Had fixed ISPs been the norm then nuisance and criminal users of Internet facilities could much more easily be tracked down. From a personal perspective being able to ban IP addresses to my web site would be very useful.

Then the notion of a fixed IP goes out the window when you change ISPs because you can't take your fixed IP address to your new provider. If you have a fixed IP then it should be yours for as long as you need it in much the same way that "owning" a domain name works.

Too much complacency exists with ISPs in maintaing the status quo and not providing the end user with what they desire.

Edited by trolleybus (Sat 15-Dec-12 10:11:14)

Standard User Zarjaz
(knowledge is power) Sat 15-Dec-12 10:06:37
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Re: Fixed IP


[re: trolleybus] [link to this post]
 
why with fixed broadband connections the concept of dynamic IP address continues

I think, at a basic level, providing a dynamic address works out cheaper for ISP's, and may well be 'simpler' for them to operate. As with many things, the almighty dollar is basis for much business practice.

Standard User yarwell
(sensei) Sat 15-Dec-12 11:08:49
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Re: Fixed IP


[re: trolleybus] [link to this post]
 
Thank you the two responses received and I wish to concentrate on my original question on why with fixed broadband connections the concept of dynamic IP address continues
Some people prefer dynamic IP addresses, and pop up here from time to time asking for ISPs that do them or demanding to know why their "dynamic" address is always the same.

With USB modems many ADSL connections were not "always on" and many people also turn off their routers, so if you look at stats you see many less connections active than accounts subscribed, so dynamic does allow for a smaller number of addresses to be used than static or residential cheapo services. By picking your ISP you can have a static IP at no extra cost without paying for a premium service.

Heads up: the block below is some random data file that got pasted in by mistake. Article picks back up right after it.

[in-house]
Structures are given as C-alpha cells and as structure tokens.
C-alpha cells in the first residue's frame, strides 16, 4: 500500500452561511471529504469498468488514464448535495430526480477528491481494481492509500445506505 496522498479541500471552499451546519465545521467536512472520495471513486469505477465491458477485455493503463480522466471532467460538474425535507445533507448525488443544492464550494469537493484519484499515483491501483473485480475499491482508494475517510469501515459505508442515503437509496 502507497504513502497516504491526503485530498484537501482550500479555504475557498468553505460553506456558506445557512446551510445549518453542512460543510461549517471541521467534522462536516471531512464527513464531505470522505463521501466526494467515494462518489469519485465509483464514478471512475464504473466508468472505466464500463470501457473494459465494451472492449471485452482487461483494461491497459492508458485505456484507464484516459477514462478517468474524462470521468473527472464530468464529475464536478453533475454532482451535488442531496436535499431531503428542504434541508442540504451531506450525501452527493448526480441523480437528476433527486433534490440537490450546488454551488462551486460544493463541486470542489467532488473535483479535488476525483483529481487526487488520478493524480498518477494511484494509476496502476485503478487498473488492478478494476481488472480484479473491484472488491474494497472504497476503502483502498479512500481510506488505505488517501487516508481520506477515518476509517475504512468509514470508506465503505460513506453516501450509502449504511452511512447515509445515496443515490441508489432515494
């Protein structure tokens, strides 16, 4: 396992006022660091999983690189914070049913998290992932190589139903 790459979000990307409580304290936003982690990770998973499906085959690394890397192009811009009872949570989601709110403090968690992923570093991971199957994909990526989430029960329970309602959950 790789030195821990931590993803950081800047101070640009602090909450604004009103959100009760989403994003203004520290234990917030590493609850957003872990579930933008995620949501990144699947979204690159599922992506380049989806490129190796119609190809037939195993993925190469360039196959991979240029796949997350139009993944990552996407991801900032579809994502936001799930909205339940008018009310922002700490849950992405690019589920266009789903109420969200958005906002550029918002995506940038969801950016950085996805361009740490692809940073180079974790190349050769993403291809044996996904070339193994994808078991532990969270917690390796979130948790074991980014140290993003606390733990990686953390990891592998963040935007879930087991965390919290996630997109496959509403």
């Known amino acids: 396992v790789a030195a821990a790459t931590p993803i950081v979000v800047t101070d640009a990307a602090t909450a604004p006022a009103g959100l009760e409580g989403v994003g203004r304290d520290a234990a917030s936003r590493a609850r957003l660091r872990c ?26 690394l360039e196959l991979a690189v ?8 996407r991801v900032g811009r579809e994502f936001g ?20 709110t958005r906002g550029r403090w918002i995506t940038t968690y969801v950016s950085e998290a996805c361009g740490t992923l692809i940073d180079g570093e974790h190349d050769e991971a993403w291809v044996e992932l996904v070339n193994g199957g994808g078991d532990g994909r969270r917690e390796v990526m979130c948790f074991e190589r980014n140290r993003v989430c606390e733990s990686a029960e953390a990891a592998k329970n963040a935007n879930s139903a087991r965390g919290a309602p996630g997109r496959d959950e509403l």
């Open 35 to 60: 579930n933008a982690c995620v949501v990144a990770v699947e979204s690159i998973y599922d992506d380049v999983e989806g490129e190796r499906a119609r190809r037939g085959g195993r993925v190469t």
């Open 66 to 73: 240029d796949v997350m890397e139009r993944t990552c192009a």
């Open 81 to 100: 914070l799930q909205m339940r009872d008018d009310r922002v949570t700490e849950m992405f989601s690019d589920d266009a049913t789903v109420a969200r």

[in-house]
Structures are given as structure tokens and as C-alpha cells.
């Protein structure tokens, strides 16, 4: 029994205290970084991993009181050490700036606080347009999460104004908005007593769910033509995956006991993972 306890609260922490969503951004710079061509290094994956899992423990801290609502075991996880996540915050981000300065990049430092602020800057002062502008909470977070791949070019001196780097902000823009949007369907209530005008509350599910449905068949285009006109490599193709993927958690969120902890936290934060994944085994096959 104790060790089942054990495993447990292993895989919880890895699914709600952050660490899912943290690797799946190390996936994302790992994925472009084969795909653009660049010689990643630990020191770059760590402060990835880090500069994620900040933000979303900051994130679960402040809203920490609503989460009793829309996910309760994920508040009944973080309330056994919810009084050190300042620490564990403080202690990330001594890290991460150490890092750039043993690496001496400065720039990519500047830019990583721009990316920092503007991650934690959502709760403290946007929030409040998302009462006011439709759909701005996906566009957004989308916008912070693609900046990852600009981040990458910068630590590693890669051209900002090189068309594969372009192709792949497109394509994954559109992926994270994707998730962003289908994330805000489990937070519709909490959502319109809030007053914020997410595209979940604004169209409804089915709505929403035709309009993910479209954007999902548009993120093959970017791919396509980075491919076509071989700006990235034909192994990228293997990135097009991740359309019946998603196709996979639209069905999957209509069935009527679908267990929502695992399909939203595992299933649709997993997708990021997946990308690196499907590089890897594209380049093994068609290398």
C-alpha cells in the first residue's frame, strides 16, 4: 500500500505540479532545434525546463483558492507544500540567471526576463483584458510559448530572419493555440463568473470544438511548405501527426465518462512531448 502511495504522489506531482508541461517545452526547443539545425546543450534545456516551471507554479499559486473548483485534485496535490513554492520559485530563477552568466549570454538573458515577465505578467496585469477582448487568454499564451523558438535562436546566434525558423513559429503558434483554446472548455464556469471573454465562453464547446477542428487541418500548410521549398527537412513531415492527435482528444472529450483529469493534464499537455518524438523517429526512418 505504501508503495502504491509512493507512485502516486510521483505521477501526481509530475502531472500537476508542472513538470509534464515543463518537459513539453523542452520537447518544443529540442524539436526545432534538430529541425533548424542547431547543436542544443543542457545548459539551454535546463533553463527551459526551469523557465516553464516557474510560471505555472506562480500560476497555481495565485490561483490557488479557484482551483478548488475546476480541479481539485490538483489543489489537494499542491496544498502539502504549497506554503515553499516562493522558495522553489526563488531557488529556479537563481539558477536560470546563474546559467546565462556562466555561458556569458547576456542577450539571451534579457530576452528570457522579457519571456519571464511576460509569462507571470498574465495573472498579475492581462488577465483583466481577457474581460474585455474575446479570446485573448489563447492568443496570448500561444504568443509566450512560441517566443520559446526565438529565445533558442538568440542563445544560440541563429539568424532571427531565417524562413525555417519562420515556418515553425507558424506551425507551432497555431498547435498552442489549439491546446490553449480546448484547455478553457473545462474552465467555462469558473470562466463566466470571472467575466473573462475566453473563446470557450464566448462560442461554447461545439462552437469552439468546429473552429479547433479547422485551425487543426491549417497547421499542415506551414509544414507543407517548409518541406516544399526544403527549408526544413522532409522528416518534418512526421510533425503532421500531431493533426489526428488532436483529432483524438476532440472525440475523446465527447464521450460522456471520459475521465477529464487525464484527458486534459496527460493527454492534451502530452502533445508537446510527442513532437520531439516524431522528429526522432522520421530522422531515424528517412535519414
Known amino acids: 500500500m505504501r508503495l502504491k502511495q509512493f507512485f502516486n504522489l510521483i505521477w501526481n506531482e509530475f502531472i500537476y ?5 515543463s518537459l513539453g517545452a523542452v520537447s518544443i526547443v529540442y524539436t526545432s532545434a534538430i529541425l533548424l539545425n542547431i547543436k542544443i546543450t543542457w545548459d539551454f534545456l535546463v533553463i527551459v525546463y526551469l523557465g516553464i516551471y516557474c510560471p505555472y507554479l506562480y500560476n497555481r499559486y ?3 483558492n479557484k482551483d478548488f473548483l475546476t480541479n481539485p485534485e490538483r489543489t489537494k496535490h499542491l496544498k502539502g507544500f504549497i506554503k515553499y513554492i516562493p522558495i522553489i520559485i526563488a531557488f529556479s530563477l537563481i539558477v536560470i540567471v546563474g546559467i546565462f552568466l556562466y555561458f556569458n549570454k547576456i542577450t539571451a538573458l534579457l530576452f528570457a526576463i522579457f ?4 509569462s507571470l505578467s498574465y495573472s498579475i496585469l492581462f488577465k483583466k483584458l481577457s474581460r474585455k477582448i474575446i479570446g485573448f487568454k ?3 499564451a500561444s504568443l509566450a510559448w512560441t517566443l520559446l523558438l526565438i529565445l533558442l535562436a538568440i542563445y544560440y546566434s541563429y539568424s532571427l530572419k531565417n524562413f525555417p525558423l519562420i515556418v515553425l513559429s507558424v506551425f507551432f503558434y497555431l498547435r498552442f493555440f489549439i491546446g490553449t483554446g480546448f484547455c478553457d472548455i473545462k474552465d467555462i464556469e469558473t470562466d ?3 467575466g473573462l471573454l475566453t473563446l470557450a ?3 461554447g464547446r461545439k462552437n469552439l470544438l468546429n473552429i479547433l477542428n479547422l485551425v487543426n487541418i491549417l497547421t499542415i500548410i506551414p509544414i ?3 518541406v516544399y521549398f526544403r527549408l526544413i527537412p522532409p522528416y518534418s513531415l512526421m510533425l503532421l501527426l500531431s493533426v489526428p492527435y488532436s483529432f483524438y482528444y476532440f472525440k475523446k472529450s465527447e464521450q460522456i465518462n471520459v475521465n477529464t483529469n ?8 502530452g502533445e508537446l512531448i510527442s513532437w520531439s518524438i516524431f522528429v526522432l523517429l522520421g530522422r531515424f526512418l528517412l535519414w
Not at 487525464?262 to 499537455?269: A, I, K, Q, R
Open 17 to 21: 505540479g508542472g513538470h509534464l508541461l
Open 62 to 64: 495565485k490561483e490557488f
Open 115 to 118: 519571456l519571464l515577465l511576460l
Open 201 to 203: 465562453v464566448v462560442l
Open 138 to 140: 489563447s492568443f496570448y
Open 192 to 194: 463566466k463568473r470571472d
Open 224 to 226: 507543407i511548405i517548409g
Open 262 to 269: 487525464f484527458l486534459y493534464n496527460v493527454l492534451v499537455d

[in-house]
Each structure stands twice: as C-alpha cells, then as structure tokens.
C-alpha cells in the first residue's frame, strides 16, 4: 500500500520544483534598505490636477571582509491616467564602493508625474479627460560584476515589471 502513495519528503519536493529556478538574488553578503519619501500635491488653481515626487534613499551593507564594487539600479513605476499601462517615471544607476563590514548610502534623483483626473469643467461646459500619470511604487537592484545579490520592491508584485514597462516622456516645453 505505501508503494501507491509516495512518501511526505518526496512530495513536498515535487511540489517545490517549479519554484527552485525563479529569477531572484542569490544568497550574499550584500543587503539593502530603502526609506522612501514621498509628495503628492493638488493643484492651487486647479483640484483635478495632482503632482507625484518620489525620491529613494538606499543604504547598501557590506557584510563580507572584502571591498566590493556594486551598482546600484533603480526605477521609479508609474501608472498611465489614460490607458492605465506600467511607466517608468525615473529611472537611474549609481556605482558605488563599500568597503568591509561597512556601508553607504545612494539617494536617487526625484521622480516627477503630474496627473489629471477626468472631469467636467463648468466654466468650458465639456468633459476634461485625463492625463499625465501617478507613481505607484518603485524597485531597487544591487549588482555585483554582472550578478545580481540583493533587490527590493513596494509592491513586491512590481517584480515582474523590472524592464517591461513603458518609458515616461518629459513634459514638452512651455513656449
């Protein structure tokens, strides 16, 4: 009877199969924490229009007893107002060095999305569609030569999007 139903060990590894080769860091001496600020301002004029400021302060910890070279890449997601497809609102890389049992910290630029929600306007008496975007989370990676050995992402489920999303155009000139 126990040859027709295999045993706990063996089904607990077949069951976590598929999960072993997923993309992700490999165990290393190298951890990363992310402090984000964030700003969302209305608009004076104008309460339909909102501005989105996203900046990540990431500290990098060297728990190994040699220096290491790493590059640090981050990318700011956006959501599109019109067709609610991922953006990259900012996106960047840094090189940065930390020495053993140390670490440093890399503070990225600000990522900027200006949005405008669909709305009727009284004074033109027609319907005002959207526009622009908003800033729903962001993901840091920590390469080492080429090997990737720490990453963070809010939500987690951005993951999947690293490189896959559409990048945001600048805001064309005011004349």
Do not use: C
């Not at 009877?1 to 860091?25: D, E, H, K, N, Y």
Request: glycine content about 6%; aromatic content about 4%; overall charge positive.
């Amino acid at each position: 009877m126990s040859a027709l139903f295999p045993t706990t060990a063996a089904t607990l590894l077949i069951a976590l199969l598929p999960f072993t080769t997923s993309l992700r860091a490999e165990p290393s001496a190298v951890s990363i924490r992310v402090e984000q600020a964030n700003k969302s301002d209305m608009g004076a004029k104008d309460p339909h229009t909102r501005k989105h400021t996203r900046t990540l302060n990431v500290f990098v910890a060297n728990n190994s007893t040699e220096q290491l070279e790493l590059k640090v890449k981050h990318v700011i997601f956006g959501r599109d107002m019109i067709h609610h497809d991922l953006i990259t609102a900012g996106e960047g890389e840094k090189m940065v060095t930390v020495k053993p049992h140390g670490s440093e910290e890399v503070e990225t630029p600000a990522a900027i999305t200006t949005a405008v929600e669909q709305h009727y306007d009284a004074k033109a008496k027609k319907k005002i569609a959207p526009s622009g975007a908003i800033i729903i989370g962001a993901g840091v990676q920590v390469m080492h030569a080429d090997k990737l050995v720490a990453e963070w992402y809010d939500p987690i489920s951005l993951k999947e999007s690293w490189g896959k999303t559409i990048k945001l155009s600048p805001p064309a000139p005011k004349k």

--

Phil

MaxDSL - goes as fast as it can and doesn't read the line checker first.

MaxDSL diagnostics
Administrator MrSaffron
(staff) Sat 15-Dec-12 11:31:36
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Re: Fixed IP


[re: trolleybus] [link to this post]
 
Taking your IP address with you as you change providers - how big is your wallet? The way the big blocks are allocated makes that difficult

And the IPv4 allocations are exhausted, so dynamic where an isp can have 2.5 million customers but just 2 million IP's might become the way of the future if people don't adopt ipv6

Andrew Ferguson, andrew@thinkbroadband.com
www.thinkbroadband.com - formerly known as ADSLguide.org.uk
The author of the above post is a thinkbroadband staff member. It may not constitute an official statement on behalf of thinkbroadband.
Standard User ionic
(fountain of knowledge) Mon 17-Dec-12 09:03:41
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Re: Fixed IP


[re: Zarjaz] [link to this post]
 
Given the gonvernmental requirements (or soon to be requirements) to know who was allocated an address a particular time, I'm surpised static isn't cheaper once handling that is factored in.
Administrator MrSaffron
(staff) Mon 17-Dec-12 10:27:55
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Re: Fixed IP


[re: ionic] [link to this post]
 
Given general abuse tracking then an ISP that cannot correlate its IP allocation to a session needs to look seriously at how it does business.

Radius session tracking should not be rocket science

Andrew Ferguson, andrew@thinkbroadband.com
www.thinkbroadband.com - formerly known as ADSLguide.org.uk
The author of the above post is a thinkbroadband staff member. It may not constitute an official statement on behalf of thinkbroadband.
Standard User Backpack
(fountain of knowledge) Tue 18-Dec-12 03:49:01
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Re: Fixed IP


[re: techguy] [link to this post]
 
In reply to a post by techguy:
1. If you are going to use Network Address Translation which is the default setting for most routers (devices on the LAN side are typically allocated a 192.168.x.x address) you will need to place the camera or it's control device in the Demilitarized Zone (DMZ) so that you can access it remotely by putting the router's IP address into a browser.


No you don't, you just need to forward the port(s).

And if that's all you require external access for then a dyndns account will solve the dynamic IP problem adequately.